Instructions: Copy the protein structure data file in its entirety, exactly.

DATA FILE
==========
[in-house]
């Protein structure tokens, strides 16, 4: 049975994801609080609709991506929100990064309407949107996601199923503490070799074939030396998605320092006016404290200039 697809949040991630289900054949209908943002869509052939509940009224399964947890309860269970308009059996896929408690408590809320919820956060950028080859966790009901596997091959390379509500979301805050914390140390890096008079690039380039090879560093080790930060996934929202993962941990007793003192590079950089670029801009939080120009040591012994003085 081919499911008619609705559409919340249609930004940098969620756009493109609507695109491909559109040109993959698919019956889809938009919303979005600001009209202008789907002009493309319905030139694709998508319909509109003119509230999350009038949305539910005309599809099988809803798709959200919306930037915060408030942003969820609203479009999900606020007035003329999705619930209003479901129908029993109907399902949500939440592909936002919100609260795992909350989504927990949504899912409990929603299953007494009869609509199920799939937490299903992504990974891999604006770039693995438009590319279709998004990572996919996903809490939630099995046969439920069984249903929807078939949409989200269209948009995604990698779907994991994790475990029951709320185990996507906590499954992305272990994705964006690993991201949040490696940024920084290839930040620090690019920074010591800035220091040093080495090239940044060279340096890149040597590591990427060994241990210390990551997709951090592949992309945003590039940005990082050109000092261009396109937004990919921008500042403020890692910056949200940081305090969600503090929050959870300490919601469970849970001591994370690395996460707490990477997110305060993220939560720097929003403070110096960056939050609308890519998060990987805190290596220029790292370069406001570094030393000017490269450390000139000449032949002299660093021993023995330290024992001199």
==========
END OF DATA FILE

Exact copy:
[in-house]
């Protein structure tokens, strides 16, 4: 049975994801609080609709991506929100990064309407949107996601199923503490070799074939030396998605320092006016404290200039 697809949040991630289900054949209908943002869509052939509940009224399964947890309860269970308009059996896929408690408590809320919820956060950028080859966790009901596997091959390379509500979301805050914390140390890096008079690039380039090879560093080790930060996934929202993962941990007793003192590079950089670029801009939080120009040591012994003085 081919499911008619609705559409919340249609930004940098969620756009493109609507695109491909559109040109993959698919019956889809938009919303979005600001009209202008789907002009493309319905030139694709998508319909509109003119509230999350009038949305539910005309599809099988809803798709959200919306930037915060408030942003969820609203479009999900606020007035003329999705619930209003479901129908029993109907399902949500939440592909936002919100609260795992909350989504927990949504899912409990929603299953007494009869609509199920799939937490299903992504990974891999604006770039693995438009590319279709998004990572996919996903809490939630099995046969439920069984249903929807078939949409989200269209948009995604990698779907994991994790475990029951709320185990996507906590499954992305272990994705964006690993991201949040490696940024920084290839930040620090690019920074010591800035220091040093080495090239940044060279340096890149040597590591990427060994241990210390990551997709951090592949992309945003590039940005990082050109000092261009396109937004990919921008500042403020890692910056949200940081305090969600503090929050959870300490919601469970849970001591994370690395996460707490990477997110305060993220939560720097929003403070110096960056939050609308890519998060990987805190290596220029790292370069406001570094030393000017490269450390000139000449032949002299660093021993023995330290024992001199």